Spyware: An Update
by Brian Foster - Senior Director Product Management, Symantec Client & Host Security - Friday, 21 January 2005.
All of this recent attention comes as traditional notions of spyware are evolving. Indeed, Gartner in July noted that spyware has evolved -- from simple cookies to a range of sophisticated user-tracking systems. The researcher went so far as to issue a report this summer titled ďA Field Guide to Spyware Variations.Ē

In that report, Gartner observed that, midway through 2004, its clients were seeing a ďsurge in manifestationsĒ of spyware. Moreover, new methods to snare users are appearing all the time, including greater exploitation of multimedia and mobile and wireless systems. Gartner clients reported that cleanup efforts typically take a few hours; however, in no time at all, the same systems will become infected again.

Gartnerís research underscores a key finding of the latest Symantec Internet Security Threat Report: namely, that these violations are becoming more problematic. The Threat Report found that six of the top 50 malicious code submissions to Symantec Security Response in the first six months of 2004 were adware.

The Threat Report noted that adware packages perform numerous operations, including displaying pop-up ads, dialing to high-cost numbers through the systemís modem if one is present, modifying browser settings such as the default home page, and monitoring the userís surfing activity to display targeted advertisements. The effects range from mere user annoyance to privacy violations to monetary loss.

Reasons to be vigilant

While the threats posed by these programs may be difficult to quantify, that doesnít mean they arenít a security concern to todayís enterprises. Because spyware and adware programs are unauthorized, surreptitiously installed software, administrators have no knowledge of or control over what the programs may be running. For instance, they could be used to monitor usersí browsing habits, constituting a loss of privacy. Most spyware and adware packages are also capable of dynamically updating themselves, often with new functionality that the user is unaware of.

As the Internet Security Threat Report observed, Symantecís research has shown that there are good technical countermeasures to spyware and adware, such as implementing more restrictive Web browser settings. In addition, many companies have security policies in place that prohibit users from downloading or installing unauthorized software on corporate computers. Despite this, users often knowingly engage in activities that risk exposure of confidential information.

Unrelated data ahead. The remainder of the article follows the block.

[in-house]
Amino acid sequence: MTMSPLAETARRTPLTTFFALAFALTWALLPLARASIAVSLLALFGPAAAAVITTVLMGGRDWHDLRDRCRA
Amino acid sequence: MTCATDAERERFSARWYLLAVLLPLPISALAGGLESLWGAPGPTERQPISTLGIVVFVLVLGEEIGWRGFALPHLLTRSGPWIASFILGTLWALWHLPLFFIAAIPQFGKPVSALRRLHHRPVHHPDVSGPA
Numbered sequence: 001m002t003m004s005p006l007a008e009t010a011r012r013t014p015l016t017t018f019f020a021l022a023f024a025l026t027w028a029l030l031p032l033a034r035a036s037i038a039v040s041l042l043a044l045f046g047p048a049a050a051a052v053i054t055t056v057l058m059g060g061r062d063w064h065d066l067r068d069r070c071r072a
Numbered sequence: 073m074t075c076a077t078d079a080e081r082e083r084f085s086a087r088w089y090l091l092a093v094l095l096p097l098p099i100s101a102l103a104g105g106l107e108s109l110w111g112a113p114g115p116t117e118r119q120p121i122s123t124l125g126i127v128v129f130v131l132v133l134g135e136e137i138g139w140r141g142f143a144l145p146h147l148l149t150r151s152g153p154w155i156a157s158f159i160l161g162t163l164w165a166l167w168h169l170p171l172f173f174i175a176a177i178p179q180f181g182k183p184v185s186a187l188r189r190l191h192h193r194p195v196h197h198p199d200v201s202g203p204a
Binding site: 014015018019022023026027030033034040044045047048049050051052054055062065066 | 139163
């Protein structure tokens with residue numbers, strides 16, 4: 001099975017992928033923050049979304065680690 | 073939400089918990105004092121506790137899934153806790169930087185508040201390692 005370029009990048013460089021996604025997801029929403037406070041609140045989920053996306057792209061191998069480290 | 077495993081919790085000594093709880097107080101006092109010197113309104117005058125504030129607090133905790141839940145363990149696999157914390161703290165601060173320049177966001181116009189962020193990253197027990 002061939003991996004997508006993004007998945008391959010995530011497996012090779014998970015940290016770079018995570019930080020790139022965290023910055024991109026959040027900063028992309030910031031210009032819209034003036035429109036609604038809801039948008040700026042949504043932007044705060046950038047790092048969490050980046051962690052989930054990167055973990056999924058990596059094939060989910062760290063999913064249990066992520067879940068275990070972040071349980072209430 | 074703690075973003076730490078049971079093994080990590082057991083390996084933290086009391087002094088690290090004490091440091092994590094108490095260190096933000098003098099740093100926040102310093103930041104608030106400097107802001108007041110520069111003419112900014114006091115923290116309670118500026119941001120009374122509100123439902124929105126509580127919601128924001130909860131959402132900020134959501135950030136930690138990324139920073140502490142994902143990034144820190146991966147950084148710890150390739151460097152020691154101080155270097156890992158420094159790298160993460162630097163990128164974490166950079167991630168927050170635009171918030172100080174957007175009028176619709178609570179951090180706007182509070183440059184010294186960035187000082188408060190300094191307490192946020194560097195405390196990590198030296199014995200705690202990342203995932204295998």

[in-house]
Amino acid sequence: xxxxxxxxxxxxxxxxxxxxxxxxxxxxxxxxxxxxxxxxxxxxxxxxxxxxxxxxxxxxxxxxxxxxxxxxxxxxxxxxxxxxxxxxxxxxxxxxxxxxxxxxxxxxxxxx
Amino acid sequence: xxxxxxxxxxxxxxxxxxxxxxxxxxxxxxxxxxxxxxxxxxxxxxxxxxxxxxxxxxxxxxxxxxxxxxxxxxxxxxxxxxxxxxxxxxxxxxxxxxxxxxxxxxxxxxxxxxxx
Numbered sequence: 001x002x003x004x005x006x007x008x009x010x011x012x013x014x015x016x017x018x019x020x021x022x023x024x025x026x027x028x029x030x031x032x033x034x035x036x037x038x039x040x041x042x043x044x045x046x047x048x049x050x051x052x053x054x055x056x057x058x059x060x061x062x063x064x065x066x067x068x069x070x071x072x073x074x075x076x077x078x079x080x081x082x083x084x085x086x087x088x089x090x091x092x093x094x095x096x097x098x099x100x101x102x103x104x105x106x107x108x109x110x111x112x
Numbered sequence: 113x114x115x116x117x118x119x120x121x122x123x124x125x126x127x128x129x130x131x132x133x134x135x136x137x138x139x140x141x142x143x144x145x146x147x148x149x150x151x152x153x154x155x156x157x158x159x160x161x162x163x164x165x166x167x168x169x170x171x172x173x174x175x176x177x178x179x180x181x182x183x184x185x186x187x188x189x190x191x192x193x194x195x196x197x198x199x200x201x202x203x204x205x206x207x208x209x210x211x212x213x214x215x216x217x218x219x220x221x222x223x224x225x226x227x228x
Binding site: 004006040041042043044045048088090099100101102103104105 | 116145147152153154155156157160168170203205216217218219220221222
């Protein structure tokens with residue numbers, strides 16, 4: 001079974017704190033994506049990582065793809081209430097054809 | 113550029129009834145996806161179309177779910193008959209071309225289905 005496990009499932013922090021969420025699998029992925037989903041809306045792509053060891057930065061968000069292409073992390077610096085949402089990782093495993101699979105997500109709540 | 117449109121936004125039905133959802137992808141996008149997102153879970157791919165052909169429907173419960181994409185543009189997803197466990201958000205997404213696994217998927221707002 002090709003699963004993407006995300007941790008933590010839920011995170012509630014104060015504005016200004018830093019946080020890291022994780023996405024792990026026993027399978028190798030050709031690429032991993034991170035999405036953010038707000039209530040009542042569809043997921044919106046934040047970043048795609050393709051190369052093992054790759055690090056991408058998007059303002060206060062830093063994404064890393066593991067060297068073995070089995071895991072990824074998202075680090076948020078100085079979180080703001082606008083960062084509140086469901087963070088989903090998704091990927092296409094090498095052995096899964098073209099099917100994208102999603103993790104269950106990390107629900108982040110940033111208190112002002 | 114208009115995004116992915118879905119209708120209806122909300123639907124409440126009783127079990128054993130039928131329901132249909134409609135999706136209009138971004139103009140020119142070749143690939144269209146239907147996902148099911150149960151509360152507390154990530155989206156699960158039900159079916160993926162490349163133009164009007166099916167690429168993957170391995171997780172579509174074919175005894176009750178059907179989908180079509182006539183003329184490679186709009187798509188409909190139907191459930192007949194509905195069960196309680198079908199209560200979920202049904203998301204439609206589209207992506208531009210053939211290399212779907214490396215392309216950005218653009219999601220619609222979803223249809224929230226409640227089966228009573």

For this reason, it is important for users to read and understand the End User License Agreement (EULA) and other notification methods before installing any software. Spyware EULAs typically contain ambiguous language designed to mislead users about the information-gathering functionality of the software. At the same time, it is equally important that software publishers provide users with clear and unambiguous notifications of the actions that their software performs.

For its part, Gartner recommends that IT organizations promote cooperation between end-user groups, technical support, and security teams to ensure that a companyís response to spyware keeps pace with this growing threat to privacy.

Conclusion

As the spate of recent legislative and FTC activity attests, public intolerance of spyware has reached a new plateau. In the enterprise environment, spyware is rapidly becoming a serious security concern, particularly as most corporate networks allow HTTP traffic, the means by which spyware is propagated.

Symantec continues to view spyware as a significant threat and recommends that enterprise users be vigilant about updating their antivirus software. Security administrators should take extra measures to maintain a strong security posture on client systems. They should also ensure that client system patch levels are up-to-date and that acceptable usage policies are in place and enforced.

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Posted on 27 August 2014.  |  Tucked away from the glamour of the vendor booths and the large presentation rooms filled with rockstar sessions, was the Arsenal - a place where developers were able to present their security tools and grow their community.


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